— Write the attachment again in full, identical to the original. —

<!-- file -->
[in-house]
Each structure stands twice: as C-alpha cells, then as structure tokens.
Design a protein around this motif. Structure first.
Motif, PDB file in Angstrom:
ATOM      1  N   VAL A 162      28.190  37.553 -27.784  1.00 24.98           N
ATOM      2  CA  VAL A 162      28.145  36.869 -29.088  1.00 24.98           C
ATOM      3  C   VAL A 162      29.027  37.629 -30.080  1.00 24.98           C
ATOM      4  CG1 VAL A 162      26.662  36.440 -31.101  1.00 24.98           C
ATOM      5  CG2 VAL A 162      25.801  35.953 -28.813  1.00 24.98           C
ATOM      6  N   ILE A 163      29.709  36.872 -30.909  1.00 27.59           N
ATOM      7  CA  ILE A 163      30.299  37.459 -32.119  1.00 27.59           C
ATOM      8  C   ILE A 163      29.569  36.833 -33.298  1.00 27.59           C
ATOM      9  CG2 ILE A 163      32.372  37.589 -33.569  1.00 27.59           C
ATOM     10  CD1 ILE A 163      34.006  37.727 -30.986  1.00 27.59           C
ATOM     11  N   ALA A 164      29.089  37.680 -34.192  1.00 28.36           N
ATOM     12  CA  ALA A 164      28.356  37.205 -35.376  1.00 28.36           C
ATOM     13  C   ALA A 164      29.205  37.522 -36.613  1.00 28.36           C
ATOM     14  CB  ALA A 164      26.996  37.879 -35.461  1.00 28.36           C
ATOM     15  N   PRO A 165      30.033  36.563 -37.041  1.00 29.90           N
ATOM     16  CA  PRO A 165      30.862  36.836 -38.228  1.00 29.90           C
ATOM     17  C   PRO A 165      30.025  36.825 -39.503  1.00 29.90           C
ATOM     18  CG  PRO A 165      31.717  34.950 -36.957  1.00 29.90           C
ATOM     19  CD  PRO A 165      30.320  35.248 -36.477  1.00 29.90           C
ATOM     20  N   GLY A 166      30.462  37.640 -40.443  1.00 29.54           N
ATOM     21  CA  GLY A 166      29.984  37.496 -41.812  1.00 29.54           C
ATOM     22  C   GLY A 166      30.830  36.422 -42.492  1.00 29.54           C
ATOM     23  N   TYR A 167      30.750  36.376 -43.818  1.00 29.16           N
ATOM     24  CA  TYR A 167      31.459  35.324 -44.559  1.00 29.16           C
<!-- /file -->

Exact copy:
[in-house]
Each structure stands twice: as C-alpha cells, then as structure tokens.
Design a protein around this motif. Structure first.
Motif, PDB file in Angstrom:
ATOM      1  N   VAL A 162      28.190  37.553 -27.784  1.00 24.98           N
ATOM      2  CA  VAL A 162      28.145  36.869 -29.088  1.00 24.98           C
ATOM      3  C   VAL A 162      29.027  37.629 -30.080  1.00 24.98           C
ATOM      4  CG1 VAL A 162      26.662  36.440 -31.101  1.00 24.98           C
ATOM      5  CG2 VAL A 162      25.801  35.953 -28.813  1.00 24.98           C
ATOM      6  N   ILE A 163      29.709  36.872 -30.909  1.00 27.59           N
ATOM      7  CA  ILE A 163      30.299  37.459 -32.119  1.00 27.59           C
ATOM      8  C   ILE A 163      29.569  36.833 -33.298  1.00 27.59           C
ATOM      9  CG2 ILE A 163      32.372  37.589 -33.569  1.00 27.59           C
ATOM     10  CD1 ILE A 163      34.006  37.727 -30.986  1.00 27.59           C
ATOM     11  N   ALA A 164      29.089  37.680 -34.192  1.00 28.36           N
ATOM     12  CA  ALA A 164      28.356  37.205 -35.376  1.00 28.36           C
ATOM     13  C   ALA A 164      29.205  37.522 -36.613  1.00 28.36           C
ATOM     14  CB  ALA A 164      26.996  37.879 -35.461  1.00 28.36           C
ATOM     15  N   PRO A 165      30.033  36.563 -37.041  1.00 29.90           N
ATOM     16  CA  PRO A 165      30.862  36.836 -38.228  1.00 29.90           C
ATOM     17  C   PRO A 165      30.025  36.825 -39.503  1.00 29.90           C
ATOM     18  CG  PRO A 165      31.717  34.950 -36.957  1.00 29.90           C
ATOM     19  CD  PRO A 165      30.320  35.248 -36.477  1.00 29.90           C
ATOM     20  N   GLY A 166      30.462  37.640 -40.443  1.00 29.54           N
ATOM     21  CA  GLY A 166      29.984  37.496 -41.812  1.00 29.54           C
ATOM     22  C   GLY A 166      30.830  36.422 -42.492  1.00 29.54           C
ATOM     23  N   TYR A 167      30.750  36.376 -43.818  1.00 29.16           N
ATOM     24  CA  TYR A 167      31.459  35.324 -44.559  1.00 29.16           C